1 table omitted
All states require proof of vaccination for children before school entry,
and a summary of that coverage is reported to CDC. Rather than reporting vaccination
status on school entry, state reports to CDC reflect coverage attained after
evaluating students' vaccination status and ensuring that all children receive
required vaccines. School vaccination requirements have been credited with
ensuring high coverage,1,2 and one of the national health objectives
for 2010 is to sustain ≥95% vaccination coverage among children in kindergarten
through the first grade (objective 14-23).3 This report presents
data regarding vaccination coverage from the 50 states and the District of
Columbia (DC)* for the 2002-03 school year, which highlight high reporting
rates and overall high coverage. Findings indicate that vaccines required
by each state and the methods for surveying schools vary. CDC is working with
states to standardize data collection procedures.
For the 2002-03 school year, 49 (96.1%) states submitted vaccination
coverage levels for children enrolled in kindergarten and/or first grade.
All 49 states reported coverage for ≥3 doses of poliovirus vaccine, ≥1
dose of measles-containing vaccine, ≥1 dose of mumps-containing vaccine,
and ≥1 dose of rubella-containing vaccine. For diphtheria and tetanus toxoids
and acellular pertussis vaccine, 39 (76.5%) states reported coverage for ≥4
doses, and 10 (19.6%) reported coverage for ≥3 doses; 39 states also reported
coverage for 3 doses of hepatitis B (HepB) vaccine.
Coverage for all vaccines except HepB was reported to be ≥95% in
29 (56.9%) states and ≥90% in 45 (88.2%) states. A total of 18 states based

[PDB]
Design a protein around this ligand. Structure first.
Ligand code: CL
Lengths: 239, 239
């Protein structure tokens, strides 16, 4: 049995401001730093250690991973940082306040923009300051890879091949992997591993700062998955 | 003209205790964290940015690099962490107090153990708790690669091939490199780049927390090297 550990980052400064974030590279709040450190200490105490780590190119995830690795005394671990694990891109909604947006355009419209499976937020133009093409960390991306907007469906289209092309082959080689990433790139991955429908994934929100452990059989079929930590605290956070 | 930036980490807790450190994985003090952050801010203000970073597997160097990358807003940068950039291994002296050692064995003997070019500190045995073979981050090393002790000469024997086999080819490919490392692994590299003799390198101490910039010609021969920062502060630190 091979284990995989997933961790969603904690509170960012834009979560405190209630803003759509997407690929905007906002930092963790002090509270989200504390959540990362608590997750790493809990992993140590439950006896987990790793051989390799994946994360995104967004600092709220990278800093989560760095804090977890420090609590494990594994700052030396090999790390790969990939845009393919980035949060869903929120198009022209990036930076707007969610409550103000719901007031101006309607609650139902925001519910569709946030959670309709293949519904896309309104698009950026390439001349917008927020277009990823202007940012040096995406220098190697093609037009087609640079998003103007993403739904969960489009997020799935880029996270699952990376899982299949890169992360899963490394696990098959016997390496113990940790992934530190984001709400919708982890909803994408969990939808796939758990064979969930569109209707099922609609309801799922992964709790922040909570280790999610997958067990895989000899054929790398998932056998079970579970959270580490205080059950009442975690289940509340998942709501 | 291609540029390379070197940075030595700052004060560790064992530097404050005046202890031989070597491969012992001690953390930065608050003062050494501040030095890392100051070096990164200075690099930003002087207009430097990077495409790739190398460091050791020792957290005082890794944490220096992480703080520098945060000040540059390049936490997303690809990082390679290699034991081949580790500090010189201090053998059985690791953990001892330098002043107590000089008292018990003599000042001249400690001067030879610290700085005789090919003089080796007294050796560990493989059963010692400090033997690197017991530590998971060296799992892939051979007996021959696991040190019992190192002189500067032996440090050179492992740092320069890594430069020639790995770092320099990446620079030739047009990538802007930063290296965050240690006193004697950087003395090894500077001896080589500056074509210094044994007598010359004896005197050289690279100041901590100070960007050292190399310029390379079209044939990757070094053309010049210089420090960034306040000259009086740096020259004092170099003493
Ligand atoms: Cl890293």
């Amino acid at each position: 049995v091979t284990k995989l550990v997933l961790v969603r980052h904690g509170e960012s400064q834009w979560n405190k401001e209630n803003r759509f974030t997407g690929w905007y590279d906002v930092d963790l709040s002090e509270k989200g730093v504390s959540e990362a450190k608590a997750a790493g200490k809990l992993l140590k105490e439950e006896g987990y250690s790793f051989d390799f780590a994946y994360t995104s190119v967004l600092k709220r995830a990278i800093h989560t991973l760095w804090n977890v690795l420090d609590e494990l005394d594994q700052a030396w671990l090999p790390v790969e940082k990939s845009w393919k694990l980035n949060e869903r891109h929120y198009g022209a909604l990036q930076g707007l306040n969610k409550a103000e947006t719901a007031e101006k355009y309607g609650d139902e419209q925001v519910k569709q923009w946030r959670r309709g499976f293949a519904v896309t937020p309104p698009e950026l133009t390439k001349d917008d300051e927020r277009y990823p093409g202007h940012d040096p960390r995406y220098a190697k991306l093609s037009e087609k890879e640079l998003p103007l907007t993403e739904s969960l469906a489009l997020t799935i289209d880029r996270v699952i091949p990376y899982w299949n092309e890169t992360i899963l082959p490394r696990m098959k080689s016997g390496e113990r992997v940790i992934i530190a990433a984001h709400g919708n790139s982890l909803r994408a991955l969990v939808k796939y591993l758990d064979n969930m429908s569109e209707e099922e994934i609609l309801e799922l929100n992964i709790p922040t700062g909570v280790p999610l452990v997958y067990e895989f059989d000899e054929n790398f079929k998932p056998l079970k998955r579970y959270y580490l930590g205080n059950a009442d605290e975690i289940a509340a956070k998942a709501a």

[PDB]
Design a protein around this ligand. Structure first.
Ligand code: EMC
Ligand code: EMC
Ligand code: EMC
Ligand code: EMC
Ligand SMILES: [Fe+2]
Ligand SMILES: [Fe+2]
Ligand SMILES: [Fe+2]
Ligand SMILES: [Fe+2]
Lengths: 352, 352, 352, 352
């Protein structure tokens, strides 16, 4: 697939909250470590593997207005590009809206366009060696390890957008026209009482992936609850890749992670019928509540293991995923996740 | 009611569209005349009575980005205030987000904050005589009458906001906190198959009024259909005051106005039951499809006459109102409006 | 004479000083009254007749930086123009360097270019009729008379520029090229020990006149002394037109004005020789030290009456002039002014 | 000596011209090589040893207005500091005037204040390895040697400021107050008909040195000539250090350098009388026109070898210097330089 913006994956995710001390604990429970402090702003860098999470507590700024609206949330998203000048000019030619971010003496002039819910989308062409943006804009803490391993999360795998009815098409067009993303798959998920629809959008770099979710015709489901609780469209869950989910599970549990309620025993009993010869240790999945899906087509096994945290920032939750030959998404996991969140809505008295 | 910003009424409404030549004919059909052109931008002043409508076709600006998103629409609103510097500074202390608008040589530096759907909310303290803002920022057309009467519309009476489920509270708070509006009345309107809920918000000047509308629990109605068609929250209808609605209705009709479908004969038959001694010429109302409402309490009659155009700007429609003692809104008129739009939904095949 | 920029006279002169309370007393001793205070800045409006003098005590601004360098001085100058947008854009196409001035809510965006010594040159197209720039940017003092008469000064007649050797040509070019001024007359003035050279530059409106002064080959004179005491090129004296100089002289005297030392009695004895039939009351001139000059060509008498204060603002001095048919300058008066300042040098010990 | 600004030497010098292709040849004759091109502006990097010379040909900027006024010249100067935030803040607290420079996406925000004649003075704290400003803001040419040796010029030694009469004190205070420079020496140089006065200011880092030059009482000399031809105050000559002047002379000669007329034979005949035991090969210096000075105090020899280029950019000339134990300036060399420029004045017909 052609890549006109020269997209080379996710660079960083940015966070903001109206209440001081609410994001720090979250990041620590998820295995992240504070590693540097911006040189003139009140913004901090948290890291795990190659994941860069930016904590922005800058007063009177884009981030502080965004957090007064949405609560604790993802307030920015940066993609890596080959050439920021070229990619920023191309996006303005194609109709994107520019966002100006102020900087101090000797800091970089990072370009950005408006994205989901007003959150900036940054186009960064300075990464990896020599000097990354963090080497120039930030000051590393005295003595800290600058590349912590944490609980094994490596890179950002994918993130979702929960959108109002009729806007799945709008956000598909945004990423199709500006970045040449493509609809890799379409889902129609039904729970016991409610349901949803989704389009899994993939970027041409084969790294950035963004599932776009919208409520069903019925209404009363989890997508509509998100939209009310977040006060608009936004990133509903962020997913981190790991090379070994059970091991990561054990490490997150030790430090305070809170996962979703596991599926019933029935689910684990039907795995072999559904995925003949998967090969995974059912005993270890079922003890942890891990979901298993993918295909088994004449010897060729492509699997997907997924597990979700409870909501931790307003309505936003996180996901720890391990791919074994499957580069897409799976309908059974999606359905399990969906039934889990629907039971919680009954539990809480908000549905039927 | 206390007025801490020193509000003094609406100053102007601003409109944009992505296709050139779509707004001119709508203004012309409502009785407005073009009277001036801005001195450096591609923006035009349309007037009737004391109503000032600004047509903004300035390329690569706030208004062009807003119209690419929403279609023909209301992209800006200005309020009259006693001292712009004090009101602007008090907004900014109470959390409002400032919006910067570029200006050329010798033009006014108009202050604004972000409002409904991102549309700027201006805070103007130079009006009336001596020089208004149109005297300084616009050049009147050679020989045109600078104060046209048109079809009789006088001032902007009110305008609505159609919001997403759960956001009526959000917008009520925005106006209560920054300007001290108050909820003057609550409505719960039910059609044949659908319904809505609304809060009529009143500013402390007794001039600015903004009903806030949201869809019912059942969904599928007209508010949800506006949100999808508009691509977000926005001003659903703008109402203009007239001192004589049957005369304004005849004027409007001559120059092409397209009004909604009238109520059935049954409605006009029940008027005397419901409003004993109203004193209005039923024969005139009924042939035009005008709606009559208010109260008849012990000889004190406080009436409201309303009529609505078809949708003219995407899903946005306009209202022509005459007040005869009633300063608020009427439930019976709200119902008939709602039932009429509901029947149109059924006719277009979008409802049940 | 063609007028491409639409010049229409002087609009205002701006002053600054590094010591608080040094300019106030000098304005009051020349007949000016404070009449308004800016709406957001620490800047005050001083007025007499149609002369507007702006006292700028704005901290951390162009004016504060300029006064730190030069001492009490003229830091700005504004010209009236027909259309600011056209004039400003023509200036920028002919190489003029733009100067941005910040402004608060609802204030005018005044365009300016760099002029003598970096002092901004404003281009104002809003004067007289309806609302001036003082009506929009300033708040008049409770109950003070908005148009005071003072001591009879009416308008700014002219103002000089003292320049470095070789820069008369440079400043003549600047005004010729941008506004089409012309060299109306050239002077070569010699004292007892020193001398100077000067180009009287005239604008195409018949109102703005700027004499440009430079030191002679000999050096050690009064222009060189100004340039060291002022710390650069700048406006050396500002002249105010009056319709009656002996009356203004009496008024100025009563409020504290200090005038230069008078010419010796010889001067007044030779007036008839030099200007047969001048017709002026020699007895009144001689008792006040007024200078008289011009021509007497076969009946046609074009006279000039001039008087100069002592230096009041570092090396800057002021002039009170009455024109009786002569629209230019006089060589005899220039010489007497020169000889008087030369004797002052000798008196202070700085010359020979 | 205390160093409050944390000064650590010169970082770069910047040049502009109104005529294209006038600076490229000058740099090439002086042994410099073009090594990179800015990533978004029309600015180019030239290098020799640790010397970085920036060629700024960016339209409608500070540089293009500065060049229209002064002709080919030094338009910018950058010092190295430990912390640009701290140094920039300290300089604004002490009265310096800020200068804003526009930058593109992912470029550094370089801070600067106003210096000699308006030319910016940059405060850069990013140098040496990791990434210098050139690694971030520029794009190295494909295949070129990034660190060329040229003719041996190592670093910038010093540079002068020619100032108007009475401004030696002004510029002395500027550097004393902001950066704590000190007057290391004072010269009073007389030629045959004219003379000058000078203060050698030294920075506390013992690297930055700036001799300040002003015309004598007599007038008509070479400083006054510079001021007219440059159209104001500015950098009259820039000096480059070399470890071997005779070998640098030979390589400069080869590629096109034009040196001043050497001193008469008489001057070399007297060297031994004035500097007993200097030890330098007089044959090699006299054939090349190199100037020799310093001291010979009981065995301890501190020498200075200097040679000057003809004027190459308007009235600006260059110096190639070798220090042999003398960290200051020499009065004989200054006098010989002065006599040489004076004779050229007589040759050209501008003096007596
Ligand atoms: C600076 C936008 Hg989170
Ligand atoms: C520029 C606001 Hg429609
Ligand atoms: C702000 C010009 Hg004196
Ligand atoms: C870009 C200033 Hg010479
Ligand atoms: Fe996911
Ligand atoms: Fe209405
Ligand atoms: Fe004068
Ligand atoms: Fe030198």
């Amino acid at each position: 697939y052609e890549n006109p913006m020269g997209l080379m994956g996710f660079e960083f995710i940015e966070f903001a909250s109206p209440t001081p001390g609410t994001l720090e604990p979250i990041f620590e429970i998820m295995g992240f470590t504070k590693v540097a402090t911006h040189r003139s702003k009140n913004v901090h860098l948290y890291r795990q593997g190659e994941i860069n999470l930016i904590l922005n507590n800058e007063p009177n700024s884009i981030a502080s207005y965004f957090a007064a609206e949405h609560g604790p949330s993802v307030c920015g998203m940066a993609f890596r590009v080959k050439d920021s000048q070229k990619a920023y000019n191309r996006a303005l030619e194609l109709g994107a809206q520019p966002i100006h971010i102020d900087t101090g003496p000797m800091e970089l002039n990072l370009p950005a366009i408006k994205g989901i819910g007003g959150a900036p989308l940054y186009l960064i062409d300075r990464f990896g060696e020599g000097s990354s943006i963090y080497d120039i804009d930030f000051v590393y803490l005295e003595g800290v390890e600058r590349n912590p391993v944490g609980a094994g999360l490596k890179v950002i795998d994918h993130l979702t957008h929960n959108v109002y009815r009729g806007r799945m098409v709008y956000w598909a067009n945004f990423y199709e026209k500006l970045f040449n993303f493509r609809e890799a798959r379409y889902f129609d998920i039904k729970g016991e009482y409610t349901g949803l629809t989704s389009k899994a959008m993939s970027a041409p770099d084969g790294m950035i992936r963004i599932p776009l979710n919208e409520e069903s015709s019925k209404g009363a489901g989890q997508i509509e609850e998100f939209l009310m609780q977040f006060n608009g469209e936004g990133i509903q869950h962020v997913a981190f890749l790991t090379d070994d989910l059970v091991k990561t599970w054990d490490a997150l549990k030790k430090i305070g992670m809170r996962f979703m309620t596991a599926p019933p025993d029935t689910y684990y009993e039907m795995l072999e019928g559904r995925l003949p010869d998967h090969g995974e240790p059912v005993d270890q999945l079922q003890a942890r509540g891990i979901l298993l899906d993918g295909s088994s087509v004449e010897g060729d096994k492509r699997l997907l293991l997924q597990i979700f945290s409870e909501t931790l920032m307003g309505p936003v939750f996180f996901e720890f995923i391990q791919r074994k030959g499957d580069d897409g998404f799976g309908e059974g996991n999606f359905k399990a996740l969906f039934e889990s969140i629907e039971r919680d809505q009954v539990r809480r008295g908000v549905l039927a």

reports on a census of children entering kindergarten and first grade, 15
states on surveys of >95% of children, and five states on surveys of <50%
of children (range: 5.1%-42.2%). National estimates of coverage were calculated
by weighting each state's coverage estimate by the size of the state's birth
cohort; all national estimates were >95%.
K Shaw, MS, C Stanwyck, PhD, Data Management Div; M McCauley, MTSC,
National Immunization Program, CDC.
Since the previous report on vaccination coverage for the 2000-01 school
year,4 reporting increased from 36 (70.6%) states to 49 (96.1%)
states. CDC has increased efforts to support states in collecting and reporting
coverage among children entering school. One component of this increased effort
is a new online reporting system that automates data management and calculation
State laws requiring proof of vaccination before entering school have
been referred to as a "safety net" for the U.S. vaccination program because
they ensure that no child is missed.1 The safety net relies on
the efforts of school nurses, teachers, and others to identify children who
need ≥1 dose of vaccine. A recent survey of school nurses in DC indicated
that approximately 50% of children needed one or more vaccinations to meet
DC's school entry requirements (CDC, unpublished data, 2002). Findings of
uniformly high nationwide coverage during the 2002-03 school year underscore
the success of school entry requirements in boosting vaccine coverage.
The findings in this report are subject to at least two limitations.
First, methods for assessing vaccination coverage among children entering
school vary because state and local laws determine which vaccines and doses
are required, and sampling methods differ. The resulting variation in sampling
methods among states limits the generalizability and comparability of these
data. Second, children attending private schools and those who are home-schooled
were not surveyed by all states. Population-based vaccination registries might
someday provide uniform, reliable data on the vaccination status of children
entering school, saving resources now devoted to gathering and processing
children's vaccination histories.
The findings in this report supplement those of the National Immunization
Survey,5 which describe vaccination coverage among preschool-aged
children. Together, these reports provide a comprehensive view of vaccination
coverage among U.S. children.
Additional information about assessing and reporting coverage among
children entering school is available from the National Immunization Program
Immunization Information Hotline, telephone 800-232-2522 (English) or 800-232-0233
(Spanish), or by e-mail, firstname.lastname@example.org.
References: 5 available
*For this report, the District of Columbia is included as a state.
Vaccination Coverage Among Children Entering School—United States, 2002-03 School Year. JAMA. 2003;290(11):1446. doi:10.1001/jama.290.11.1446